NBCNews.com on Thursday suddenly debuted “Meet the Press Express,” a less-than-seven-minutes long Webisode intended to be a hyper-abbreviated version of the famous “Meet the Press” program. This one was a roundtable discussion among three particularly young Washington reporters, chatting amiably with David Gregory.
The digital world doesn’t care too much that NBC’s “Meet the Press” is television’s longest-running program, dating all the way back to 1947, when approximately six people had TVs. Probably no one will point out that NBC is aiming its Express version of a very old warhorse to a younger audience.
Indeed it’s just as likely that the new “MTPE” exists so that NBC can point to some forward momentum for the show, which is now meandering on Sunday morning in the Nielsens. But for a brand like NBC News to be pumping up a mini-“Meet the Press” in its digital space is a mix-and-match marvel.
There is a daily millennial survey, and more to come in this space. Today’s bulletin is new research from Parks Associates that says that 37% of consumers 18 to 24 say online video is their most important video source, and that millennials, more than old viewers, are likely to use OTT video services. Data like that must inform NBC News, as it does Al Jazeera, which nightly does a newscast that heavily features Twitter interactions with its viewers. Quickly done.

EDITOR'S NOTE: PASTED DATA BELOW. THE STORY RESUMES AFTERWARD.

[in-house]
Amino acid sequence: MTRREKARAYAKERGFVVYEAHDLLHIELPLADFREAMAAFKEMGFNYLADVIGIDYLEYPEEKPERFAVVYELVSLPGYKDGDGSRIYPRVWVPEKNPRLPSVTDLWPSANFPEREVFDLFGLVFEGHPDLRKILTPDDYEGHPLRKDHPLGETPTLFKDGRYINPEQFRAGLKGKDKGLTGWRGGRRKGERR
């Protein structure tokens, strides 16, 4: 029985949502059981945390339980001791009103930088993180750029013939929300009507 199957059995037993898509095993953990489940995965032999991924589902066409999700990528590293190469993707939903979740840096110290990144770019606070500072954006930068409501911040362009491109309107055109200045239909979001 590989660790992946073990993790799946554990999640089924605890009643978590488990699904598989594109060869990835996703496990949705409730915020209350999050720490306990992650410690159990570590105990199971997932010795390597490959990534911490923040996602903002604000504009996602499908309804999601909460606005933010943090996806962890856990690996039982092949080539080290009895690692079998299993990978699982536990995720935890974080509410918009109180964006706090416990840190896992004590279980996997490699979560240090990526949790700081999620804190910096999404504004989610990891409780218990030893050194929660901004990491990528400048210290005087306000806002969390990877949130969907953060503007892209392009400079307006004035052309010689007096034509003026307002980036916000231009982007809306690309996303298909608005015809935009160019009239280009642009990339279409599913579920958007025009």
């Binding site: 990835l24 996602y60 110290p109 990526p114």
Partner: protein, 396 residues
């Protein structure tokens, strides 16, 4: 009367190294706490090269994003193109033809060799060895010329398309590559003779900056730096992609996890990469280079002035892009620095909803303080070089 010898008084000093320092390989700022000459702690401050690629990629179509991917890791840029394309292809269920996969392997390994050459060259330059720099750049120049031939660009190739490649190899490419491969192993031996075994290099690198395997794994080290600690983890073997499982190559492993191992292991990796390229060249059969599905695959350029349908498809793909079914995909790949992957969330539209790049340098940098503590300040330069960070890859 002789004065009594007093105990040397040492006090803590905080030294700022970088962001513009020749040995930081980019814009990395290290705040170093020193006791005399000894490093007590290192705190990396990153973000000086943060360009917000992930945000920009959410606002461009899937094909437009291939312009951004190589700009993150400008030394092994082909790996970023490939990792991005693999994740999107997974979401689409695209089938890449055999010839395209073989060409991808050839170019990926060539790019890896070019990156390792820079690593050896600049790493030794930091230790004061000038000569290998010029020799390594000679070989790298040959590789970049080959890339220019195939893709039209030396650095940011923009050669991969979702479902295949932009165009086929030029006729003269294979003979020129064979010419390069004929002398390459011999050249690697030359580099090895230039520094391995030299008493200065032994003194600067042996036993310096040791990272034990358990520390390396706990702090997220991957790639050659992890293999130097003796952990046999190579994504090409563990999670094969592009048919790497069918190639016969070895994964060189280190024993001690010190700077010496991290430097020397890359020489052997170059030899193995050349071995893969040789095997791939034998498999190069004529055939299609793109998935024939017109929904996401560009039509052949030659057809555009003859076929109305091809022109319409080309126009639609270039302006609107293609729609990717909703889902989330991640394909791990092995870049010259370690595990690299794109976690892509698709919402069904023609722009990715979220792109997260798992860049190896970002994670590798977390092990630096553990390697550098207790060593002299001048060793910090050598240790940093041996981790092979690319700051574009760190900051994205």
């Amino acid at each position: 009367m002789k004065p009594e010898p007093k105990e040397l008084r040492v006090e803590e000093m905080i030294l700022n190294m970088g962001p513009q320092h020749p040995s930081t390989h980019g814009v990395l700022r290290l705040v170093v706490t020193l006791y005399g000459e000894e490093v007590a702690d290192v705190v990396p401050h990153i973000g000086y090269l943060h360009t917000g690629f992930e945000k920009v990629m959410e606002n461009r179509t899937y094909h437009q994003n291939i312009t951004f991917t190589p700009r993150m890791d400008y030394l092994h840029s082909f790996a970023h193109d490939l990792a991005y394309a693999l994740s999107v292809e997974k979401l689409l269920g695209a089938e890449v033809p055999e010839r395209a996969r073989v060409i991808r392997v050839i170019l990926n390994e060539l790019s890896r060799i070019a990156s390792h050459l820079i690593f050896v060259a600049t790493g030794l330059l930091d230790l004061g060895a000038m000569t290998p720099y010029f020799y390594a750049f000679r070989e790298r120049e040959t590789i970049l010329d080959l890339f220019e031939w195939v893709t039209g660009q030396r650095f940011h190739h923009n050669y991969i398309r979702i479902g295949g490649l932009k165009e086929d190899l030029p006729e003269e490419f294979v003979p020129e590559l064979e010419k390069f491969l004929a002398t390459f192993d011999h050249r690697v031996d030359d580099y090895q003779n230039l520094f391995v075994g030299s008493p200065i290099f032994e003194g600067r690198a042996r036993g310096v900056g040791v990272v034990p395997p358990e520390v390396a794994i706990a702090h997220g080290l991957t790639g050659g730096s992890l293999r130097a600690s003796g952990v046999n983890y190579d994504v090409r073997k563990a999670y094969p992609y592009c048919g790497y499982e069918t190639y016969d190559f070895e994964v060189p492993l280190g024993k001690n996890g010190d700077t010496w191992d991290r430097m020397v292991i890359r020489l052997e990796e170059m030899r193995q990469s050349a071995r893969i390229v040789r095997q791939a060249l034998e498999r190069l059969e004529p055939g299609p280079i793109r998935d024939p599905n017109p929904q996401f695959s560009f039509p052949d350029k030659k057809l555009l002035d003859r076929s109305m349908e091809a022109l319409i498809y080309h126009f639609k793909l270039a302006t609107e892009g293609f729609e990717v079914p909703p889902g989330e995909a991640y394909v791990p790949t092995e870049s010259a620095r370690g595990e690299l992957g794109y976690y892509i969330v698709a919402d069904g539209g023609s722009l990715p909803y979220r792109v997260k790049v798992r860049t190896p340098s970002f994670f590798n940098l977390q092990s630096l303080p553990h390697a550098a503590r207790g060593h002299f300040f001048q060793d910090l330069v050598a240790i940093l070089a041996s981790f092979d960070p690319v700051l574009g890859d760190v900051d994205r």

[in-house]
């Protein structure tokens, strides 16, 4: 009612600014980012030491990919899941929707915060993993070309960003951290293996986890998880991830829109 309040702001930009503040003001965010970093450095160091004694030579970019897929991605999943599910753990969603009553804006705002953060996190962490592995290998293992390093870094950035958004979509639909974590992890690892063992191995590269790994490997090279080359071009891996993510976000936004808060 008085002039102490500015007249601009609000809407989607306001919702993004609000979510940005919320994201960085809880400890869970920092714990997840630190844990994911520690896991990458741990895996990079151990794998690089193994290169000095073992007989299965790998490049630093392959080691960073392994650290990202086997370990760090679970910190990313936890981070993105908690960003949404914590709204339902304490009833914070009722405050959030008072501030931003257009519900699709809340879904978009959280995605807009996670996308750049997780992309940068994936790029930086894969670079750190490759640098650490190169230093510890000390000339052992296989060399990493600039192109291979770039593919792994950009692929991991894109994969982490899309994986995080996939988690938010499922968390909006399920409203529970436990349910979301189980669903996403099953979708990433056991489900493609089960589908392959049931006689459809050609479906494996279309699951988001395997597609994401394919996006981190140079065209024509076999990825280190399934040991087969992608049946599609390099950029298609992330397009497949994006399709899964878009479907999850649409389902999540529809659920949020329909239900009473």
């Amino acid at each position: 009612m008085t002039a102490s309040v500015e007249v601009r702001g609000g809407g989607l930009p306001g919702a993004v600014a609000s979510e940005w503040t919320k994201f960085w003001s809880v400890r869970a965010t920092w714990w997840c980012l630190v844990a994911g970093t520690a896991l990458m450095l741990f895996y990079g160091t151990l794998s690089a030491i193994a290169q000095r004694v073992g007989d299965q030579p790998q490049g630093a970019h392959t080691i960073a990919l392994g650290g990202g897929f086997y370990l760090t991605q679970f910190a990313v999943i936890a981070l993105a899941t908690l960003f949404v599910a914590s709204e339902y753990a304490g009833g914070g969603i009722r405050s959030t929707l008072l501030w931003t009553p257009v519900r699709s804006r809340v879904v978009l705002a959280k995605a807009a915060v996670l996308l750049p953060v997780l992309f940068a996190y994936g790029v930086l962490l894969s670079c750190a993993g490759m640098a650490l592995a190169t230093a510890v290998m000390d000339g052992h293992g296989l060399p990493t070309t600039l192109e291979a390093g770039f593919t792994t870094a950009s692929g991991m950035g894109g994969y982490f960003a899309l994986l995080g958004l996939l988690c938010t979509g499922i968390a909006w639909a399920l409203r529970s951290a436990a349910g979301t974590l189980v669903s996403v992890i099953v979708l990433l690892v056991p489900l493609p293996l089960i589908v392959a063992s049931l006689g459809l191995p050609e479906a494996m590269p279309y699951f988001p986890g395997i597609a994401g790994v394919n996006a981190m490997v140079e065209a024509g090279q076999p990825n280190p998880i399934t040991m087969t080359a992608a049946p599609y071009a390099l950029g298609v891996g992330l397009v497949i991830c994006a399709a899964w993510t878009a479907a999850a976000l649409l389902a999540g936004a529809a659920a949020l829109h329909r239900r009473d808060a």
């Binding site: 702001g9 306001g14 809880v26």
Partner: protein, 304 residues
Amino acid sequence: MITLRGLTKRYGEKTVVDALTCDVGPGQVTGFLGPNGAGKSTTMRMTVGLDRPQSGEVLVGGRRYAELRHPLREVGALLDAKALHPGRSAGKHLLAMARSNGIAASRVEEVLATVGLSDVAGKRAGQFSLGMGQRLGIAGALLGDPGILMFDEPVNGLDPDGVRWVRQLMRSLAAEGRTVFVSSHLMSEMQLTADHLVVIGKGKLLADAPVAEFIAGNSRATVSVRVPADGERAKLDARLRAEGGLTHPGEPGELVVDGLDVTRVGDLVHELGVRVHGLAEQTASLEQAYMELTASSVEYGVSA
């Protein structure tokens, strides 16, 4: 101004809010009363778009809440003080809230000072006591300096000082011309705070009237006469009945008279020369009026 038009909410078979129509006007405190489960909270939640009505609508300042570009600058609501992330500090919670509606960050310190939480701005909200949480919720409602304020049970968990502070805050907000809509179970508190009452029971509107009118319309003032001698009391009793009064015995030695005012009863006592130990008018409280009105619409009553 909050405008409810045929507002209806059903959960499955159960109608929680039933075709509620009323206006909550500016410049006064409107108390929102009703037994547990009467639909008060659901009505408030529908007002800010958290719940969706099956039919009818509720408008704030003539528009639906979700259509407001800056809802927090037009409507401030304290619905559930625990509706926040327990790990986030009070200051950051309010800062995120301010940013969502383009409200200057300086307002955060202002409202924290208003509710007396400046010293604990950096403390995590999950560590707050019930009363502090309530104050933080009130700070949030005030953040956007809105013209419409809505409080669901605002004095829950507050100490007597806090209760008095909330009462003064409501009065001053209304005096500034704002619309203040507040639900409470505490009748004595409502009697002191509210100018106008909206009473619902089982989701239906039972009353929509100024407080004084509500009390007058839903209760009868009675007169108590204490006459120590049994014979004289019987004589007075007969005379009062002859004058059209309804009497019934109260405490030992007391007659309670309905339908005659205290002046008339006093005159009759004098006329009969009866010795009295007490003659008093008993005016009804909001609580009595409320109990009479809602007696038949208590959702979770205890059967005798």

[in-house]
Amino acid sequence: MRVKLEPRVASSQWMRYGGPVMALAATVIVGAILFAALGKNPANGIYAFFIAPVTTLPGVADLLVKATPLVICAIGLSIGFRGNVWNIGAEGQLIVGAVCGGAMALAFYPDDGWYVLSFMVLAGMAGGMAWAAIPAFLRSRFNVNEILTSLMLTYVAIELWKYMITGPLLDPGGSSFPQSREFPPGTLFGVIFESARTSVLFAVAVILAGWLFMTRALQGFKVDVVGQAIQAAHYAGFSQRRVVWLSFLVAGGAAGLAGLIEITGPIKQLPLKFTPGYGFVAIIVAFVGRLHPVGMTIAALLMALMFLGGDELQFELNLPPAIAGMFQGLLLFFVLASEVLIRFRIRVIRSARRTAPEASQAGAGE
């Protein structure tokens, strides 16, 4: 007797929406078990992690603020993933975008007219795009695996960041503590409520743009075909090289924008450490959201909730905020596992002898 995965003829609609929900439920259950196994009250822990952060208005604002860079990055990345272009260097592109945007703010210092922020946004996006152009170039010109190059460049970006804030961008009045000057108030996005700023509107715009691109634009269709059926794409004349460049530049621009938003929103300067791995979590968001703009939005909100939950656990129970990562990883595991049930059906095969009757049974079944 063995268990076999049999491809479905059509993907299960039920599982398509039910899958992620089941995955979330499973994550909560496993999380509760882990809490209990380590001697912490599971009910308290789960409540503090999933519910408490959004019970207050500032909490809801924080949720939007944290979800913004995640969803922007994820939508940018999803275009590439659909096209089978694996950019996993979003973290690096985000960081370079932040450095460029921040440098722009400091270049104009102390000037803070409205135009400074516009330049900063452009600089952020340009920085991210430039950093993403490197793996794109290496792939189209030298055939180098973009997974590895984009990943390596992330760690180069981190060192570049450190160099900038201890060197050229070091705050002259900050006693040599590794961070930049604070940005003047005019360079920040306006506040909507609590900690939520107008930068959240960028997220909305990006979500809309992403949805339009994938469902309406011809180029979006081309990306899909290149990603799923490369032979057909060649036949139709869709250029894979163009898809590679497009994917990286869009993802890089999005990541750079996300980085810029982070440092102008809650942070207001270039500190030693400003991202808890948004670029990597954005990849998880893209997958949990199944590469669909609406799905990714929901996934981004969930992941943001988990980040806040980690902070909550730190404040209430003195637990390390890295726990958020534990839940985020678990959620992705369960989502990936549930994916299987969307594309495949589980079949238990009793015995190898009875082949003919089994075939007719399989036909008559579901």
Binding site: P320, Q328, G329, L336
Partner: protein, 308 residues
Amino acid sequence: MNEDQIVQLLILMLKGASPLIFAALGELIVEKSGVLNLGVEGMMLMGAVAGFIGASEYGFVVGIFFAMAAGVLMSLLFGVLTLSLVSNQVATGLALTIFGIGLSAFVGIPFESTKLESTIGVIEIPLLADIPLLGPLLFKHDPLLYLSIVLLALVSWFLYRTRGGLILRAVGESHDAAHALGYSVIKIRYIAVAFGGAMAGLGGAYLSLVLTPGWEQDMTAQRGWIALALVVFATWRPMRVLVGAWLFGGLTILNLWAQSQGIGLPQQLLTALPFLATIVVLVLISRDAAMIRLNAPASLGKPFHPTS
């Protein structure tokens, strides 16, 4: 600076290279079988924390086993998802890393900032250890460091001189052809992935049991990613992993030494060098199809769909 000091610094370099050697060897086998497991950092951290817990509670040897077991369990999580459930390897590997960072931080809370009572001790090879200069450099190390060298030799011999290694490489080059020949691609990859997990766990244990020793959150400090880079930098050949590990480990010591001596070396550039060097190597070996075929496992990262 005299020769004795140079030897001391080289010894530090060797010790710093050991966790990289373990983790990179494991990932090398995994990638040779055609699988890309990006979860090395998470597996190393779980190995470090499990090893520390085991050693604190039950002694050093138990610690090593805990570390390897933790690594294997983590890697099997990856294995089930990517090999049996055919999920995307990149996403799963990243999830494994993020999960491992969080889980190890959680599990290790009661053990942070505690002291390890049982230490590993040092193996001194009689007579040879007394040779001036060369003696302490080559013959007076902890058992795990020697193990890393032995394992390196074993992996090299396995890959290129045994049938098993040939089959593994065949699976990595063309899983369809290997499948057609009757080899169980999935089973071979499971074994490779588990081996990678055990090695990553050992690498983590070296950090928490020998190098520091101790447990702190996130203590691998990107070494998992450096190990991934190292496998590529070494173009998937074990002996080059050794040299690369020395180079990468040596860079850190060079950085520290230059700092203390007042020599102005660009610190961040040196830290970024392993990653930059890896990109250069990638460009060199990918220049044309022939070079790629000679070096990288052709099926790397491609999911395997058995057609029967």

It’s a stretch to say Twitter is totally populated by millennials, but what does seem apparent is that markets are selling the advantages of digital. The digital user, by the fact that they are using digital, is exhibiting an adventurous streak that should be attractive to marketers of new products. Advertisers and networks are beginning to get that synergy, and the absolute necessity to make most of the stuff short.
You really could see an even more enormous appetite for mini versions of things we once understood to be longer. Like full-length basketball games. For example, The New York Times today is reporting that last night, the NBA posted highlights from the Knicks-Pacers game while it was still in progress—often forbidden by rights-givers—to Twitter subscribers using an iPhone or Android phone, playable with a single click, which made it especially easy for those mobile users. The Times said Twitter is going to spread that out with 60 other companies.
ClickZ recently noted that Cartoon Network, for one, announced new digital programming that will be available anytime—in short bite-sized, mobile-phone friendly lengths—on multiple platforms.I t will debut a network of Instagram-video-length videos. As ClickZ’s Tessa Wegert observed: The structure of this new network reflects the changing media landscape: consumers' devotion to — and dependence on — Internet media and mobile devices, and advertisers' resultant interest in embracing them. Over the past year, the digital marketing industry has seen several major video developments that stand to alter the way we think about reaching viewers.”